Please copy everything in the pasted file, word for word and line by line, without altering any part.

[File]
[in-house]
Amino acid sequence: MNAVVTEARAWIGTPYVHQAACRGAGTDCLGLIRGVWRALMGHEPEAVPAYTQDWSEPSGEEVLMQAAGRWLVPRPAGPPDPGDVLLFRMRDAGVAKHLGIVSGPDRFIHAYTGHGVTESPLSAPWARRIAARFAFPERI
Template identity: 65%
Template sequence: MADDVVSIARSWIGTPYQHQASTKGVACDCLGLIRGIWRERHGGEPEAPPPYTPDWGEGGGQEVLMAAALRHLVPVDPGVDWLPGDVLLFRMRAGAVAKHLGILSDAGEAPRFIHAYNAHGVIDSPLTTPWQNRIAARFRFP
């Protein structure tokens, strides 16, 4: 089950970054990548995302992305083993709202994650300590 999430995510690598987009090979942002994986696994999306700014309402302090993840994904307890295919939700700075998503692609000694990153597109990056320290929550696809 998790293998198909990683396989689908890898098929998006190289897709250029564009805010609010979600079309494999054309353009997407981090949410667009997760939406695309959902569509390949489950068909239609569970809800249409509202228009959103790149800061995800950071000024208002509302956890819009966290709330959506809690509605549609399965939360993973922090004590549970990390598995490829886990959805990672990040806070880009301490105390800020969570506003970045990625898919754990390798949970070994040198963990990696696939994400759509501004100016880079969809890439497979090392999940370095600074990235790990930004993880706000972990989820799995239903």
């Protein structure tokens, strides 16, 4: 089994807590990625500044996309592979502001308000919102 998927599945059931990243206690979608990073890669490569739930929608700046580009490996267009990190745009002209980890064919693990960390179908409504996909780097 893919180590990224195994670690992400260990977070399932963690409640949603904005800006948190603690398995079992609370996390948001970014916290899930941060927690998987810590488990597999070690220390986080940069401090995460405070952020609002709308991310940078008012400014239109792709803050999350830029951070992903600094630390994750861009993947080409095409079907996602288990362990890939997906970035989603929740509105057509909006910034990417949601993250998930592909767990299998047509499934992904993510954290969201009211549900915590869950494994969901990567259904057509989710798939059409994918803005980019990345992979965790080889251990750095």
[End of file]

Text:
[in-house]
Amino acid sequence: MNAVVTEARAWIGTPYVHQAACRGAGTDCLGLIRGVWRALMGHEPEAVPAYTQDWSEPSGEEVLMQAAGRWLVPRPAGPPDPGDVLLFRMRDAGVAKHLGIVSGPDRFIHAYTGHGVTESPLSAPWARRIAARFAFPERI
Template identity: 65%
Template sequence: MADDVVSIARSWIGTPYQHQASTKGVACDCLGLIRGIWRERHGGEPEAPPPYTPDWGEGGGQEVLMAAALRHLVPVDPGVDWLPGDVLLFRMRAGAVAKHLGILSDAGEAPRFIHAYNAHGVIDSPLTTPWQNRIAARFRFP
């Protein structure tokens, strides 16, 4: 089950970054990548995302992305083993709202994650300590 999430995510690598987009090979942002994986696994999306700014309402302090993840994904307890295919939700700075998503692609000694990153597109990056320290929550696809 998790293998198909990683396989689908890898098929998006190289897709250029564009805010609010979600079309494999054309353009997407981090949410667009997760939406695309959902569509390949489950068909239609569970809800249409509202228009959103790149800061995800950071000024208002509302956890819009966290709330959506809690509605549609399965939360993973922090004590549970990390598995490829886990959805990672990040806070880009301490105390800020969570506003970045990625898919754990390798949970070994040198963990990696696939994400759509501004100016880079969809890439497979090392999940370095600074990235790990930004993880706000972990989820799995239903």
């Protein structure tokens, strides 16, 4: 089994807590990625500044996309592979502001308000919102 998927599945059931990243206690979608990073890669490569739930929608700046580009490996267009990190745009002209980890064919693990960390179908409504996909780097 893919180590990224195994670690992400260990977070399932963690409640949603904005800006948190603690398995079992609370996390948001970014916290899930941060927690998987810590488990597999070690220390986080940069401090995460405070952020609002709308991310940078008012400014239109792709803050999350830029951070992903600094630390994750861009993947080409095409079907996602288990362990890939997906970035989603929740509105057509909006910034990417949601993250998930592909767990299998047509499934992904993510954290969201009211549900915590869950494994969901990567259904057509989710798939059409994918803005980019990345992979965790080889251990750095």